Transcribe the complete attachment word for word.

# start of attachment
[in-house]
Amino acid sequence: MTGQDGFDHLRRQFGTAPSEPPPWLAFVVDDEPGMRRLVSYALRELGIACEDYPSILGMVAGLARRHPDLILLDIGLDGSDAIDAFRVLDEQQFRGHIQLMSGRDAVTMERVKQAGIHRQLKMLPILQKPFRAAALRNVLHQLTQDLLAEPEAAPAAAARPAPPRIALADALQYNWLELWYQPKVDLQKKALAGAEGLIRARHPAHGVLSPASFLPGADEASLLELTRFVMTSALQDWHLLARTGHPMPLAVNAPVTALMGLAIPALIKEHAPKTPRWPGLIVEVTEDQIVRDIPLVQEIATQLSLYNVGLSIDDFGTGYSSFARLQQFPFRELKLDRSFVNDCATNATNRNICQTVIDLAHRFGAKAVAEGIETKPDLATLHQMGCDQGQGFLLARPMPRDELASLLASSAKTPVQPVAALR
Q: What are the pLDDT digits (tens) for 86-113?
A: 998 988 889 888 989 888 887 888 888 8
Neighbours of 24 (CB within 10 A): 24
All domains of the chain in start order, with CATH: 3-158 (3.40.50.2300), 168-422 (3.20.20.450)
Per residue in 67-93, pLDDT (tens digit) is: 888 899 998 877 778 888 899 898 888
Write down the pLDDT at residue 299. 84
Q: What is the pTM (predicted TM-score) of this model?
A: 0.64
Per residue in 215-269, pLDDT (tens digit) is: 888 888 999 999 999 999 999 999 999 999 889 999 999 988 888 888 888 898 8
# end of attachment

[in-house]
Amino acid sequence: MTGQDGFDHLRRQFGTAPSEPPPWLAFVVDDEPGMRRLVSYALRELGIACEDYPSILGMVAGLARRHPDLILLDIGLDGSDAIDAFRVLDEQQFRGHIQLMSGRDAVTMERVKQAGIHRQLKMLPILQKPFRAAALRNVLHQLTQDLLAEPEAAPAAAARPAPPRIALADALQYNWLELWYQPKVDLQKKALAGAEGLIRARHPAHGVLSPASFLPGADEASLLELTRFVMTSALQDWHLLARTGHPMPLAVNAPVTALMGLAIPALIKEHAPKTPRWPGLIVEVTEDQIVRDIPLVQEIATQLSLYNVGLSIDDFGTGYSSFARLQQFPFRELKLDRSFVNDCATNATNRNICQTVIDLAHRFGAKAVAEGIETKPDLATLHQMGCDQGQGFLLARPMPRDELASLLASSAKTPVQPVAALR
Q: What are the pLDDT digits (tens) for 86-113?
A: 998 988 889 888 989 888 887 888 888 8
Neighbours of 24 (CB within 10 A): 24
All domains of the chain in start order, with CATH: 3-158 (3.40.50.2300), 168-422 (3.20.20.450)
Per residue in 67-93, pLDDT (tens digit) is: 888 899 998 877 778 888 899 898 888
Write down the pLDDT at residue 299. 84
Q: What is the pTM (predicted TM-score) of this model?
A: 0.64
Per residue in 215-269, pLDDT (tens digit) is: 888 888 999 999 999 999 999 999 999 999 889 999 999 988 888 888 888 898 8